Rolling Through Emotions

I am a video gamer. Have been since I first learned how to play Super Mario Brothers. Then came Half Life, Half Life: Opposing Force, Age of Empires 1 &2, and Mechwarrior 3. All games with a story that hooked the player into it. 

I remember the night I beat Mechwarrior 3. It was a school night, I was a sophomore in high school then. I believe it was a Thursday.  Everybody else in the house was asleep, except for me. I had stayed up late to finish homework, and figured I’d reward myself with a quick attempt at beating the current level I had paused on last. Mechwarrior is one of those games with a deep, engrossing storyline, from tabletop to computers to the fairly well-written books, with a strong continuity. And yours truly was a junkie for mech-on-mech combat.

It should come as no surprise that Mong the Magnificent arrived at this point, proclaiming “it’ll only take a couple more levels to beat the game, why not give it a go?” So I did. Mind you, Mong visited sometime around 2100.  Near 0300, I finally killed Galaxy Commander Brendon Corbett, after playing the last half of the game!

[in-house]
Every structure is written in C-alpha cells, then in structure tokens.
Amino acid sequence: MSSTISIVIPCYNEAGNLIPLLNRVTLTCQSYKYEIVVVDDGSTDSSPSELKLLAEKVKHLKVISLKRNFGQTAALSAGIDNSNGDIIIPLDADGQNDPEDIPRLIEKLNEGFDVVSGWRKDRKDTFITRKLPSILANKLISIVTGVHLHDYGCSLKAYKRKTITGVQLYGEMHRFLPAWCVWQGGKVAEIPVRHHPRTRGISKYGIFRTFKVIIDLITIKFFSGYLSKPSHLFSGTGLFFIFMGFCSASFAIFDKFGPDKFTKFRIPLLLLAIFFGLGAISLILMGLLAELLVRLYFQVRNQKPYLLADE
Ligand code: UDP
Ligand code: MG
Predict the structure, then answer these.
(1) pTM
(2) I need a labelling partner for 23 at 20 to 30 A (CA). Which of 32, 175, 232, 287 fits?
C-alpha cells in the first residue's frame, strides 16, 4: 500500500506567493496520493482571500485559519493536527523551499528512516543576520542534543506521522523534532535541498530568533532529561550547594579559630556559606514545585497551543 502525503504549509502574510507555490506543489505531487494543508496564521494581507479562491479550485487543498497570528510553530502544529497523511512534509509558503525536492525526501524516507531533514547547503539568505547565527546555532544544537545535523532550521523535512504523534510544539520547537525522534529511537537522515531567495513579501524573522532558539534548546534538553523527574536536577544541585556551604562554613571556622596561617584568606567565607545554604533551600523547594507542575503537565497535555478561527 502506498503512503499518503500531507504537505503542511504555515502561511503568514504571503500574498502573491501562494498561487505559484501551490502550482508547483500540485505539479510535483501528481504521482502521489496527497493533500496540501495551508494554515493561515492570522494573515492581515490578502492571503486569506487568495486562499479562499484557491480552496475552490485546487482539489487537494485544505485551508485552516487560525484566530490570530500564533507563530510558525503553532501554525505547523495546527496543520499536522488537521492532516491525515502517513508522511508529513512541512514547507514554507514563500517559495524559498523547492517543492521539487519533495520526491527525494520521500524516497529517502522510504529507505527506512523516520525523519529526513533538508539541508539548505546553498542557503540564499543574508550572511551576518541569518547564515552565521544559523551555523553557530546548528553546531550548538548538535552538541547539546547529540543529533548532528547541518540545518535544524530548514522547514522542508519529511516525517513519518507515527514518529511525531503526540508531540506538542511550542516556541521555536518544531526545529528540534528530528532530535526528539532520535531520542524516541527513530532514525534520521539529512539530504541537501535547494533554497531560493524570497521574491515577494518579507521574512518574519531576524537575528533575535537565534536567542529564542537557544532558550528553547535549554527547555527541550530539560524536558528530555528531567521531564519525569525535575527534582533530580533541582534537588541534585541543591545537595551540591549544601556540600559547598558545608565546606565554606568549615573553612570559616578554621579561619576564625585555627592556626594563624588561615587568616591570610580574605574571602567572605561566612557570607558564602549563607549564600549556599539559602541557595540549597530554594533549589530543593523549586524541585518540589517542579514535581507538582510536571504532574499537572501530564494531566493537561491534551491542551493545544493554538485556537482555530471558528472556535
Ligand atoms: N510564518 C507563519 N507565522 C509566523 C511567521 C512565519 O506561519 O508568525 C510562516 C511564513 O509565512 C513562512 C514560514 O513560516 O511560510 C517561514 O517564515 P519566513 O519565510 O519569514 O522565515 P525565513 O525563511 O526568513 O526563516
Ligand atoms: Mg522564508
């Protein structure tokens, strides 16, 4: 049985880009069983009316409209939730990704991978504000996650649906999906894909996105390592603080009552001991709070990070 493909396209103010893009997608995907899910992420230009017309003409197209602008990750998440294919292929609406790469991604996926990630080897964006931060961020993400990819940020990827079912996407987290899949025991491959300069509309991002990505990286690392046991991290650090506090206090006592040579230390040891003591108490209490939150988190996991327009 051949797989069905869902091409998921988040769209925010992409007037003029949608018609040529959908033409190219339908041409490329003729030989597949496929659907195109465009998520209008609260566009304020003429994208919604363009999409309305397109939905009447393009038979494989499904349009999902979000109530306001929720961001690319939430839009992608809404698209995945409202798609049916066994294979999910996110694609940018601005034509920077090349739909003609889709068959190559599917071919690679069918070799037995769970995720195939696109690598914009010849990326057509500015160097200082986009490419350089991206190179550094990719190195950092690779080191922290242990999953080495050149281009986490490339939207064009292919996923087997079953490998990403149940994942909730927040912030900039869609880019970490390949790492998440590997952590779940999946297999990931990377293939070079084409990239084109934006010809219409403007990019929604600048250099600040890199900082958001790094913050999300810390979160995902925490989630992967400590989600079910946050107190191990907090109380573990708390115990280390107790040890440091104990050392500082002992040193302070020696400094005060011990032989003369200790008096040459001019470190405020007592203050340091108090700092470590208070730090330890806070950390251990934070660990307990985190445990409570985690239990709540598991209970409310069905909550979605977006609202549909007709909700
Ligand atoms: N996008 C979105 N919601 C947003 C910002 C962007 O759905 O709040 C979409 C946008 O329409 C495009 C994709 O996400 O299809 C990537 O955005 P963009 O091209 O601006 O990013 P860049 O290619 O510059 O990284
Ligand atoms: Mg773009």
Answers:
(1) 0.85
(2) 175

I didn’t notice the passage of time because I was busily having fun and enjoying a beautifully crafted story. I got approximately 2 hours of shut eye, made it through class, and slept like a dead man when I came home. But I felt accomplished. I felt I had done something that mattered, even if only to me. 

If story matters, then the elements within that story are what sell it. Video games are unique in that they are not simply something we view with our eyes, but hear with our ears, and physically participate in. Video game stories are more than just “move Character A from position X to position .” I own the original Halo soundtrack on CD. The music helped make that game. And it could really play on your nerves. 

I remember hating the Covenant, but I feared the Flood. Listen to the music and notice from one level to another how much worse trying to move through a night time jungle shrouded in mist while fighting off the parasitic hell creatures of the Flood, compared with simply fending off Covenant boarding parties. It makes a difference both in the atmosphere of the game and how players respond.